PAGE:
7 The diagnosis of aspirin treatment failure is simpler to diagnose on a consistent basis in everyday routine clinical practice. However, the term ‘aspirin failure’ can be conceptually misleading when recurrent events occur through sellectchem mechanisms that aspirin is not expected to influence, such as collateral failure, and when the failure is actually due to non-adherence to prescribed aspirin rather than pharmacological ineffectiveness. Although alternative antiplatelet agents are often considered,
as mentioned in prevailing expert consensus clinical practice guidelines, there is insufficient evidence on which to base a recommendation for optimal antiplatelet therapy following a stroke while on aspirin.8 The objective of this
study was to compare the effectiveness of clopidogrel vs aspirin for vascular risk reduction among patients with ischaemic stroke who were on aspirin treatment at the time of their index stroke. Methods Study design and dataset We conducted a nationwide cohort study by retrieving all hospitalised patients (≥18 years) with a primary diagnosis of ischaemic stroke between 2003 and 2009 from Taiwan National Health Insurance Research Database (NHIRD). Taiwan has launched a compulsory National Health Insurance programme since 1995, which covers 99% of the population and reimburses for outpatients, inpatient services as well as prescription drugs. All contracted institutions must file claims according to standard formats, which later transform into the NHIRD. The accuracy of diagnosis of major diseases in the NHIRD, such as stroke, has been validated.9 Study population We identified all hospitalised patients who were admitted with a primary diagnosis of ischaemic stroke (International Classification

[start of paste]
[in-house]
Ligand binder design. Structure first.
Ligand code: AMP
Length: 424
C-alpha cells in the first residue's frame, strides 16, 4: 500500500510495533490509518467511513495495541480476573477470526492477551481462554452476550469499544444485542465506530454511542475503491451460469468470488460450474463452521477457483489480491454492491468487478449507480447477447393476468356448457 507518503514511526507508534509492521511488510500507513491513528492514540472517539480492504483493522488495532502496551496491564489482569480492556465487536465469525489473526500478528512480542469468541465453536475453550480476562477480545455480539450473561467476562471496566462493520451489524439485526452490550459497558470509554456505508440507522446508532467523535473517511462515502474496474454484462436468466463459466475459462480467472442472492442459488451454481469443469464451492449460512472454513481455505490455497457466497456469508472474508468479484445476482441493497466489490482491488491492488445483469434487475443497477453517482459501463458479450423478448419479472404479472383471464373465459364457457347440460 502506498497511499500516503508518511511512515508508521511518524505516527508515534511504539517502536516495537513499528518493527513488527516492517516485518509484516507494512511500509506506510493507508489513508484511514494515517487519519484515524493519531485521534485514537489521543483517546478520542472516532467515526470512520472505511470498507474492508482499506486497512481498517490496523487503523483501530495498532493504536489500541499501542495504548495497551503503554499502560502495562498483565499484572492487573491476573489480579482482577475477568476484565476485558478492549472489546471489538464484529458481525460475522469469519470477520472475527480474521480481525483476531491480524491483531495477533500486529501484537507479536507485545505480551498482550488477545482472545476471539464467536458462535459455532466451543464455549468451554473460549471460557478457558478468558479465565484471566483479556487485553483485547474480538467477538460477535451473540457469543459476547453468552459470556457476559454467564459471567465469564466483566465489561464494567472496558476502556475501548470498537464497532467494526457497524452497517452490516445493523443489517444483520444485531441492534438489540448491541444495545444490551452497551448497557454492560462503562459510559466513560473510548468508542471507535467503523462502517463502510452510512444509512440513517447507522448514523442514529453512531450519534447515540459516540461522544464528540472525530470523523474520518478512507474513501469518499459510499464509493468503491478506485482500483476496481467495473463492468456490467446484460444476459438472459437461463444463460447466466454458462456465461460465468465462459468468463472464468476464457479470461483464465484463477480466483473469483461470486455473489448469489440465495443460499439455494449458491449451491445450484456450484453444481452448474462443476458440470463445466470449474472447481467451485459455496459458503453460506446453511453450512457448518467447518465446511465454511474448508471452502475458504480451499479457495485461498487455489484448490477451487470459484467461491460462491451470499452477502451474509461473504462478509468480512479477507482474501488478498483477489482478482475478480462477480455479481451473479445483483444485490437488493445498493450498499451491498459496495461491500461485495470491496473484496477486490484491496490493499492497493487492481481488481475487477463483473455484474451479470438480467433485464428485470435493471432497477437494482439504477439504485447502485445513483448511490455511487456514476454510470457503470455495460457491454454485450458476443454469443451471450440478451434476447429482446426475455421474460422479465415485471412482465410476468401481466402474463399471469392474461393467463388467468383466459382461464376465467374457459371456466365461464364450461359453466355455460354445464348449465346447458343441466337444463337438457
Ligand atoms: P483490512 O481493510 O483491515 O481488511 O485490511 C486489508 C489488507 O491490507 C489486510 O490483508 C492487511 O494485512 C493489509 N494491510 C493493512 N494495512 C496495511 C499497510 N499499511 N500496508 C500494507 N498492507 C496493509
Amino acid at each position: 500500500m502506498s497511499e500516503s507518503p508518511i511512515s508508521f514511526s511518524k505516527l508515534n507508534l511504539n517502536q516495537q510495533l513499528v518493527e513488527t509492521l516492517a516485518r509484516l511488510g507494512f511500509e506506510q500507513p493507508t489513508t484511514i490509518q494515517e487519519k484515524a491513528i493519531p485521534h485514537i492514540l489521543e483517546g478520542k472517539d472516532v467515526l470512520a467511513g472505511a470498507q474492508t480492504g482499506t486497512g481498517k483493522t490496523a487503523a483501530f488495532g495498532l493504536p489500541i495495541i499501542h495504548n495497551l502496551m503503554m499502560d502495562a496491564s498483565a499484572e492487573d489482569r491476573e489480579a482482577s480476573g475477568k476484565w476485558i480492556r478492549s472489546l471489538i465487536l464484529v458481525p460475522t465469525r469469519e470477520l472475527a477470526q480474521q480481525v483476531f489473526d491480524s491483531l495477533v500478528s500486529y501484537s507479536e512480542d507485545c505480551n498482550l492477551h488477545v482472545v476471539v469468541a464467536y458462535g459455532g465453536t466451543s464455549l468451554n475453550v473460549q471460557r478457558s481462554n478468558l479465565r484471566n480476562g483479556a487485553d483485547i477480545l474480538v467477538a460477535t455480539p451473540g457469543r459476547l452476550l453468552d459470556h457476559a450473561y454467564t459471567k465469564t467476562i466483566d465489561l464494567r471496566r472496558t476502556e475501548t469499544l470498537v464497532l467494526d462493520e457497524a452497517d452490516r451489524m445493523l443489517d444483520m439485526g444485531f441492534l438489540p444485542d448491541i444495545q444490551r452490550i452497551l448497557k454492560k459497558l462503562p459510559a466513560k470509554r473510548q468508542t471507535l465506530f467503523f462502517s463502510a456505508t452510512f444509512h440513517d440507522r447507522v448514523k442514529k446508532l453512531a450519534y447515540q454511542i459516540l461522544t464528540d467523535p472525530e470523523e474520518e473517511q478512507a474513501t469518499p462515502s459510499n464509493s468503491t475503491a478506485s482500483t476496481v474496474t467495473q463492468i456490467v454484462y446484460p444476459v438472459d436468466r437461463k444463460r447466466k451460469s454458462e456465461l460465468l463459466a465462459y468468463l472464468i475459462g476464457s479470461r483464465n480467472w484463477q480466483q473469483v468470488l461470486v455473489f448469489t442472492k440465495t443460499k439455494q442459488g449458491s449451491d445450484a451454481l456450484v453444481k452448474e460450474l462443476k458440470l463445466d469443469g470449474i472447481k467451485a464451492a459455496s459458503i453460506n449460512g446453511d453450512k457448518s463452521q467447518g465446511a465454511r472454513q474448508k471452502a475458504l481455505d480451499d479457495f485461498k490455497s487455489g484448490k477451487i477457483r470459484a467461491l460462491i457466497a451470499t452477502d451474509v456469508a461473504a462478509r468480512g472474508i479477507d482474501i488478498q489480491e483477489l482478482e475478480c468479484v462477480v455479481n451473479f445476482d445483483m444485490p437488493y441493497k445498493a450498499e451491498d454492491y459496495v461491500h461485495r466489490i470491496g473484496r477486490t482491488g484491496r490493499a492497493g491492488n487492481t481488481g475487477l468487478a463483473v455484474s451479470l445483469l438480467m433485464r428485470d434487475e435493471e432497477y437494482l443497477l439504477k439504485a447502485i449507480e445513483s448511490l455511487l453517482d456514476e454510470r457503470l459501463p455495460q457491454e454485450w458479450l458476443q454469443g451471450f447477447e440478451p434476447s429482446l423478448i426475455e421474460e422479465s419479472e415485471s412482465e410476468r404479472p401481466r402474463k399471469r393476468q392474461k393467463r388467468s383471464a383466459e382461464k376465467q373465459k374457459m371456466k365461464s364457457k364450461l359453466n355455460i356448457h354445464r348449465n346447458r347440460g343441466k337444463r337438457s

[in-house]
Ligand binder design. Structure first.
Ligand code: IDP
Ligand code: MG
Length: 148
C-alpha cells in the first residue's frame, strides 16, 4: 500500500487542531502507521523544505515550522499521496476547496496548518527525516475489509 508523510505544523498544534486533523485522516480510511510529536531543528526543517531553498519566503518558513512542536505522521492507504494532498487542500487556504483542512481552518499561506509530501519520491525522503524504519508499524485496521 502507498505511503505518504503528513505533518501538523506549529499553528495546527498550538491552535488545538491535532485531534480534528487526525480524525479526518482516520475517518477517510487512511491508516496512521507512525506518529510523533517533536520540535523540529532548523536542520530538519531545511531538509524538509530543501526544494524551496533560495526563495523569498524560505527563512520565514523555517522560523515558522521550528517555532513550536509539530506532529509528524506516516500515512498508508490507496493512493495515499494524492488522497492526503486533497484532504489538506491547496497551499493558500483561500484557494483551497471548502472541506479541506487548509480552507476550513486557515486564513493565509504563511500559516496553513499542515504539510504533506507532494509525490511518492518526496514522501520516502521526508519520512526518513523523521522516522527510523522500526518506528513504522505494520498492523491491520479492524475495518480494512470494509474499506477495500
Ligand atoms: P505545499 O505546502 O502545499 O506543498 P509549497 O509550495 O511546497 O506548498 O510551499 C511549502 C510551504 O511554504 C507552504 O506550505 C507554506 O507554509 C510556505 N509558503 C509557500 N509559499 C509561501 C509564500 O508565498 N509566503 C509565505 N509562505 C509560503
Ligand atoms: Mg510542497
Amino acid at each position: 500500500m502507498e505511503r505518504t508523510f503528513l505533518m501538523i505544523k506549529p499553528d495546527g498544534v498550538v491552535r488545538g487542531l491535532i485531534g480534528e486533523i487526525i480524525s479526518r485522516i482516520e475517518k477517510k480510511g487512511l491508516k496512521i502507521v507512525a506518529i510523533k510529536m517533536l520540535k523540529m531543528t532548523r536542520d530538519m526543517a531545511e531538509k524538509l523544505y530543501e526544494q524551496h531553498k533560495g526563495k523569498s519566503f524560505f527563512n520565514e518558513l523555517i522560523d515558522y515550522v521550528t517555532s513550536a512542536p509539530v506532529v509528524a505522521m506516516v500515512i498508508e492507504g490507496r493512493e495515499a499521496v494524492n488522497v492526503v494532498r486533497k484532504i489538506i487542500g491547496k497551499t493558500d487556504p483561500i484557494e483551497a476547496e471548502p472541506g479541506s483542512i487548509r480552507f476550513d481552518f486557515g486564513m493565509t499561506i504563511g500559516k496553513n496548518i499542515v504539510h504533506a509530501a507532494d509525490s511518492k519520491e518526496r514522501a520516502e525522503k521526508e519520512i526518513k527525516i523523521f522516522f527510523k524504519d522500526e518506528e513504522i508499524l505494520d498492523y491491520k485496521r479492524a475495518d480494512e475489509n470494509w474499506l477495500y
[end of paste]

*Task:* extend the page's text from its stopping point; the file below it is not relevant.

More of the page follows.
of Diseases, Ninth Revision (ICD-9) codes 433, 434, 436) among subjects (≥18 years) encountered between 2003 and 2009. This is a nationwide study that included all available and eligible patients. We defined the first ischaemic stroke during study period as the index stroke. We retrieved the information of medications prescribed by physicians prior to index stroke among these patients from the pharmacy prescription database. Only patients with ischaemic stroke who received continuous aspirin treatment ≥30 days before the index stroke were included in our study cohort. The Charlson index was used as Anacetrapib a measure for overall severity of comorbidities for index stroke.10 Comorbidities were confirmed by ICD-9 codes based on the diagnoses of hospitalisation for index stroke. We excluded patients with atrial fibrillation, valvular heart disease or coagulopathy, since anticoagulants, rather than antiplatelet agents, are generally more suitable for secondary stroke prevention among these patients. Information regarding patients’ medications during the follow-up period was retrieved from the pharmacy prescription database.